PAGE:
The cast of "Golden Boy" are undergoing a short course this week on the subject of boxing, which is central to the play. A writer, a trainer, and a boxer are among those visiting the rehearsal room and giving the cast insights into the subculture of the sport. Steven Farhood, an award-winning journalist who has covered the sport for 34 years, in print and on television, was the first to enter the metaphorical ring. (As with equine terms in "War Horse," so with pugilistic words in "Golden Boy": this blog will try to follow a rule of Block That Metaphor.)
In his remarks and in his interplay with the actors' questions, Farhood covered an array of topics. Of special usefulness were the differences and similarities between the boxing world of 1937, when "Golden Boy" takes place, and the boxing world of today. "As it was 75 years ago," Farhood said, "boxing in 2012 is still a brutal business and a beautiful sport. It's as hard as ever to justify its brand of violence - the need for it, the place for it."
Unlike in 1937, Farhood continued, when boxing and baseball were the most popular sports in America, boxing is no longer a big sport for betting. "It is, though," Farhood said, "still about physical skills and technique. To become a champion you have to overcome all kinds of adversity."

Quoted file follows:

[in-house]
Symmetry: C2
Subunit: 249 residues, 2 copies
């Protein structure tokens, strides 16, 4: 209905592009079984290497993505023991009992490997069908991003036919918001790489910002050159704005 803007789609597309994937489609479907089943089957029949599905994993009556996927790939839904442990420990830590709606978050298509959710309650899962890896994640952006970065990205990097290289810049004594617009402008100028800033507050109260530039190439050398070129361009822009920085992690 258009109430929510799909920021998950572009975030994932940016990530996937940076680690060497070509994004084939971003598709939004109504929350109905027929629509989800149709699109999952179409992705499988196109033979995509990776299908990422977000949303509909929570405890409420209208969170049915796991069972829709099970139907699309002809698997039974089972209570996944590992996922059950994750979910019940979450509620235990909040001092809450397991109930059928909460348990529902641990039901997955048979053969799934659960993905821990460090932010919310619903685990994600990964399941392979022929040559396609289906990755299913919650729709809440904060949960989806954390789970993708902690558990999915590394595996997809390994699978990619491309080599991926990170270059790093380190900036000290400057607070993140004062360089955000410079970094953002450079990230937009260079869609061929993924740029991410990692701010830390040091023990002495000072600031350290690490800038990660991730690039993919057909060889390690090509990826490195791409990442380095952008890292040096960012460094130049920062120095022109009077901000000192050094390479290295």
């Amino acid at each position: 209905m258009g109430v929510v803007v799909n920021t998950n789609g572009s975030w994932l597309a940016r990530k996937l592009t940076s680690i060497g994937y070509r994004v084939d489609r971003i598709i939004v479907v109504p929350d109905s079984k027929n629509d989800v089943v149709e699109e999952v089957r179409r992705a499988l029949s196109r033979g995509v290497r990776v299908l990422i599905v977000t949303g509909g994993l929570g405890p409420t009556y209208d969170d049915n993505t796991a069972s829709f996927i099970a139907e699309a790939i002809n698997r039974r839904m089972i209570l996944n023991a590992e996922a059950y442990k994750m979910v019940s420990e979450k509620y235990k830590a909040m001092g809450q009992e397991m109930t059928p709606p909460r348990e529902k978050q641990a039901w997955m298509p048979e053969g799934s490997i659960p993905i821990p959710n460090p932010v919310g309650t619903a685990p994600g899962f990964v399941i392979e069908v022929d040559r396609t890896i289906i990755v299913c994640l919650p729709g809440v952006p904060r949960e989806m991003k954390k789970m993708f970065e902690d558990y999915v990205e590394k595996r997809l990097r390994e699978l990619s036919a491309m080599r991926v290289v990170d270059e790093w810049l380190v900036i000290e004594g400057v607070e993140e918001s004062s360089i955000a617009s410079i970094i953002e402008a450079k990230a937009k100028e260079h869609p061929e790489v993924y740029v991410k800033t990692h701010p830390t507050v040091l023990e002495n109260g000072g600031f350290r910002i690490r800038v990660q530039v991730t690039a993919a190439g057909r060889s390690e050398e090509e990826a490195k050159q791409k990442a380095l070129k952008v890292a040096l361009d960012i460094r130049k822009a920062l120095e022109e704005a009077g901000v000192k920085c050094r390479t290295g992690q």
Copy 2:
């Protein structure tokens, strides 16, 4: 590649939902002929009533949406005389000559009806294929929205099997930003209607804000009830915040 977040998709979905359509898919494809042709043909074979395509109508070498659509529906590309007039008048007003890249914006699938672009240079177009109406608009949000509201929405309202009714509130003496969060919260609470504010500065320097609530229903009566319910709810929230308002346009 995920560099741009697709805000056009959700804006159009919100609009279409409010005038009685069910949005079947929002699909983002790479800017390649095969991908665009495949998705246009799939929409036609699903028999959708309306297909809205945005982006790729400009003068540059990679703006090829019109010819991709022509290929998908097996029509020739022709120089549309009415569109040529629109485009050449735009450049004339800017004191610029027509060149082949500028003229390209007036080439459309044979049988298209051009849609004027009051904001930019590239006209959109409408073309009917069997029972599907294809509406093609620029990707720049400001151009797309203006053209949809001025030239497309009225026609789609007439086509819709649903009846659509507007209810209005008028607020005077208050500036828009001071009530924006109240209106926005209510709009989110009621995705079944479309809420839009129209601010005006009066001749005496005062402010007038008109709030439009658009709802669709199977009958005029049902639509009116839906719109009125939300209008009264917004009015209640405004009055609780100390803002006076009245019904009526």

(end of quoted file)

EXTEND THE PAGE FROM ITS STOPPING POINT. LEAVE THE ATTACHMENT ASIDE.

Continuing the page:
Farhood said that in 1937 boxing was viewed more as a trade, a profession, than it is today. This was due in part to the frequency of fights, and the sheer number of fighters. "Today," he said, "top fighters like Manny Pacquiao and Floyd Mayweather may fight twice a year, and be paid $30 million per bout. A top fighter in 1937 might have fought more than 20 times."
Even with the enormous purses for the biggest stars, Farhood explained, "boxing remains a poor man's sport - a way up in the world." Today, he said, the remuneration for the fighter as well as for those around him - the promoter, the manager - comes largely from television revenues. "In 1937, you made money from selling tickets, whether the fight was at a neighborhood hall or at Madison Square Garden, which was the grandest stage."
Farhood gave the cast a great deal of information as to how the regulations governing the safety of boxers are more extensive today than they were in the 1937. "Fighters still die as a result of the ring," he admitted, "but there is much more knowledge about how the injuries sustained by boxers affect them in both the short-term and the long-term."
Brendan Lemon is the American theater critic for the Financial Times and the editor of lemonwade.com.